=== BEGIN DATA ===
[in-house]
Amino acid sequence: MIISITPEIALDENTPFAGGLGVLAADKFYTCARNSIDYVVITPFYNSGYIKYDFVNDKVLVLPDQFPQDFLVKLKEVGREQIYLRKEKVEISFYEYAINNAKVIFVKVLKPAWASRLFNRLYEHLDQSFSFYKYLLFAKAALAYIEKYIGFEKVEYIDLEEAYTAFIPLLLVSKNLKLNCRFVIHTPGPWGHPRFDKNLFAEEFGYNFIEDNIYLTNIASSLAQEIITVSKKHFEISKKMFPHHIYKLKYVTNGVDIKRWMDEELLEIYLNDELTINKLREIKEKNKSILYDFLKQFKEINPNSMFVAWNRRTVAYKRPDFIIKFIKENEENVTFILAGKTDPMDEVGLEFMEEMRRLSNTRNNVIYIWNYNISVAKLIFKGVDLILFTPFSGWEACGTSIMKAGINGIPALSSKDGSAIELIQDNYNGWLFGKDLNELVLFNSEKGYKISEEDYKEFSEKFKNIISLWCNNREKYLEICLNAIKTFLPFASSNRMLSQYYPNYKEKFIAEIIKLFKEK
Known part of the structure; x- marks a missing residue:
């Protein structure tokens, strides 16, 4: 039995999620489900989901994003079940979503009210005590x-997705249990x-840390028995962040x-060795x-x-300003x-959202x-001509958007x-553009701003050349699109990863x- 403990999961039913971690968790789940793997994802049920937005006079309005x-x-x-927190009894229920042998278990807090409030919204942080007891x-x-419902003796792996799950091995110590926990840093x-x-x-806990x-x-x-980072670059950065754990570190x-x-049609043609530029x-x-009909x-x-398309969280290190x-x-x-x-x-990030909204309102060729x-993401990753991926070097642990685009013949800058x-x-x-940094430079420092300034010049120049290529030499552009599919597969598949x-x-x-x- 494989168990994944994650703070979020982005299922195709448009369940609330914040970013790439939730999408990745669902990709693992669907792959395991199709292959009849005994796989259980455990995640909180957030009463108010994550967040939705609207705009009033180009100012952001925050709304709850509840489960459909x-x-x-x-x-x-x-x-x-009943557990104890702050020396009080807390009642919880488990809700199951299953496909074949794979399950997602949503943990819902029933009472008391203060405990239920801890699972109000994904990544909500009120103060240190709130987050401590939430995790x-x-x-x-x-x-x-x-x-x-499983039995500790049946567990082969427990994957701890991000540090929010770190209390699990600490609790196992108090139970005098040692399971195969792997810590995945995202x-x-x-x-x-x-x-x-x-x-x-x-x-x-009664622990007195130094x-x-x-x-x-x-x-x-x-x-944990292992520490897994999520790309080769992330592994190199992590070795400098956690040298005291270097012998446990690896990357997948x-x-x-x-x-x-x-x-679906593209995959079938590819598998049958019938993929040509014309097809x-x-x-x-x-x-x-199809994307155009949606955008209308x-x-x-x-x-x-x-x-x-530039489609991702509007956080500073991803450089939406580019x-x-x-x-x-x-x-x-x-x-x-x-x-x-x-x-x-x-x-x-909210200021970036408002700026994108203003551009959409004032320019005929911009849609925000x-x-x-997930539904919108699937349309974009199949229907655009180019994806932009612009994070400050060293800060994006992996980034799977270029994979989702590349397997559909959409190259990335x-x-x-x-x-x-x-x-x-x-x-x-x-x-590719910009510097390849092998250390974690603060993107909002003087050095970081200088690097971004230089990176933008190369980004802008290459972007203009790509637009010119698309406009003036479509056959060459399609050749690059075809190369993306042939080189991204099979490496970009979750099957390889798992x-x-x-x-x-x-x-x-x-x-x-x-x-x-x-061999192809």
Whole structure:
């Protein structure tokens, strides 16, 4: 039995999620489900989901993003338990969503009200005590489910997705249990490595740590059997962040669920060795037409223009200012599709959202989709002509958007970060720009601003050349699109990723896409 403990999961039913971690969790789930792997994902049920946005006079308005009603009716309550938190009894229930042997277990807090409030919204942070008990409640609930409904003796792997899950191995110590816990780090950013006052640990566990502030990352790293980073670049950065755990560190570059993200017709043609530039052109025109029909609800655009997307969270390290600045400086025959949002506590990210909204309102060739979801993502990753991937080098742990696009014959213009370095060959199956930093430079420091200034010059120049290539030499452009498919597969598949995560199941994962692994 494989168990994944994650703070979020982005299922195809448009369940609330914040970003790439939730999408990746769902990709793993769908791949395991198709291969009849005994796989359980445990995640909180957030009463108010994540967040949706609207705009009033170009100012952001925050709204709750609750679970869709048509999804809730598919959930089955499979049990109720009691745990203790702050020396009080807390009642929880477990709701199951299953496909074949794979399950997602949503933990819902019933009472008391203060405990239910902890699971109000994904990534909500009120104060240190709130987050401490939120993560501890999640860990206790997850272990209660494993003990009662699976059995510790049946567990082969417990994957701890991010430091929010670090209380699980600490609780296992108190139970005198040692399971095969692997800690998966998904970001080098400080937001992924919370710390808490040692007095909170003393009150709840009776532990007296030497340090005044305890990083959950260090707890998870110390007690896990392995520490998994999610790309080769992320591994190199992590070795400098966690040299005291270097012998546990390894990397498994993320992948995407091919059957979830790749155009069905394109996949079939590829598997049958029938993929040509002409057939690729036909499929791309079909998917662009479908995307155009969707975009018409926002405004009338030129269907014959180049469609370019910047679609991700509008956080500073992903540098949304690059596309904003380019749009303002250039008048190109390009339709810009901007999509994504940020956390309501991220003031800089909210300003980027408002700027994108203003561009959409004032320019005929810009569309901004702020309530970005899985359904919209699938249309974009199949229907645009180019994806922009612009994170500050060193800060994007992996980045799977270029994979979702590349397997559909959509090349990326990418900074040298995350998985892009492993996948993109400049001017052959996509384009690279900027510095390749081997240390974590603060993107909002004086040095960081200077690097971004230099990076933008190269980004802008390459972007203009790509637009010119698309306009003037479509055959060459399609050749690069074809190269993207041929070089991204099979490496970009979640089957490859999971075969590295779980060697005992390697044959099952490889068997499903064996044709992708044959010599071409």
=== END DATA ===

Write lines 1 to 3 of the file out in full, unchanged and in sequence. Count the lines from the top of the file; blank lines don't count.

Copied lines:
[in-house]
Amino acid sequence: MIISITPEIALDENTPFAGGLGVLAADKFYTCARNSIDYVVITPFYNSGYIKYDFVNDKVLVLPDQFPQDFLVKLKEVGREQIYLRKEKVEISFYEYAINNAKVIFVKVLKPAWASRLFNRLYEHLDQSFSFYKYLLFAKAALAYIEKYIGFEKVEYIDLEEAYTAFIPLLLVSKNLKLNCRFVIHTPGPWGHPRFDKNLFAEEFGYNFIEDNIYLTNIASSLAQEIITVSKKHFEISKKMFPHHIYKLKYVTNGVDIKRWMDEELLEIYLNDELTINKLREIKEKNKSILYDFLKQFKEINPNSMFVAWNRRTVAYKRPDFIIKFIKENEENVTFILAGKTDPMDEVGLEFMEEMRRLSNTRNNVIYIWNYNISVAKLIFKGVDLILFTPFSGWEACGTSIMKAGINGIPALSSKDGSAIELIQDNYNGWLFGKDLNELVLFNSEKGYKISEEDYKEFSEKFKNIISLWCNNREKYLEICLNAIKTFLPFASSNRMLSQYYPNYKEKFIAEIIKLFKEK
Known part of the structure; x- marks a missing residue: